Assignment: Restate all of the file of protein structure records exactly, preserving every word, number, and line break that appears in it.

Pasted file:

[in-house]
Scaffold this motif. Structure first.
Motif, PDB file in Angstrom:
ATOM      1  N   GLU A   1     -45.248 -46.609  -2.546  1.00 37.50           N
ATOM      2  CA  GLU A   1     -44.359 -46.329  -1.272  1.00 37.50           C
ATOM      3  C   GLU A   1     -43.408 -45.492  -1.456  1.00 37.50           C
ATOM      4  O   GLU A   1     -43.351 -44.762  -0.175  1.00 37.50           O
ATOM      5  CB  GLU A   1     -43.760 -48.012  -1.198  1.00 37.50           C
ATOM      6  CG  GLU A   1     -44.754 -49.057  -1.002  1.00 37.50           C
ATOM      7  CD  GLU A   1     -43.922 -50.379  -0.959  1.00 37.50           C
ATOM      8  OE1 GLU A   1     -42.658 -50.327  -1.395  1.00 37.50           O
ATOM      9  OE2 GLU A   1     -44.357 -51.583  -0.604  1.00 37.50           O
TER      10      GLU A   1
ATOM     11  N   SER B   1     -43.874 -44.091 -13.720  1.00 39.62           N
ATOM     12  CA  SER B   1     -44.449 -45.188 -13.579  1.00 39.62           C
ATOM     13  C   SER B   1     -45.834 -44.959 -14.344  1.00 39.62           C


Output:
[in-house]
Scaffold this motif. Structure first.
Motif, PDB file in Angstrom:
ATOM      1  N   GLU A   1     -45.248 -46.609  -2.546  1.00 37.50           N
ATOM      2  CA  GLU A   1     -44.359 -46.329  -1.272  1.00 37.50           C
ATOM      3  C   GLU A   1     -43.408 -45.492  -1.456  1.00 37.50           C
ATOM      4  O   GLU A   1     -43.351 -44.762  -0.175  1.00 37.50           O
ATOM      5  CB  GLU A   1     -43.760 -48.012  -1.198  1.00 37.50           C
ATOM      6  CG  GLU A   1     -44.754 -49.057  -1.002  1.00 37.50           C
ATOM      7  CD  GLU A   1     -43.922 -50.379  -0.959  1.00 37.50           C
ATOM      8  OE1 GLU A   1     -42.658 -50.327  -1.395  1.00 37.50           O
ATOM      9  OE2 GLU A   1     -44.357 -51.583  -0.604  1.00 37.50           O
TER      10      GLU A   1
ATOM     11  N   SER B   1     -43.874 -44.091 -13.720  1.00 39.62           N
ATOM     12  CA  SER B   1     -44.449 -45.188 -13.579  1.00 39.62           C
ATOM     13  C   SER B   1     -45.834 -44.959 -14.344  1.00 39.62           C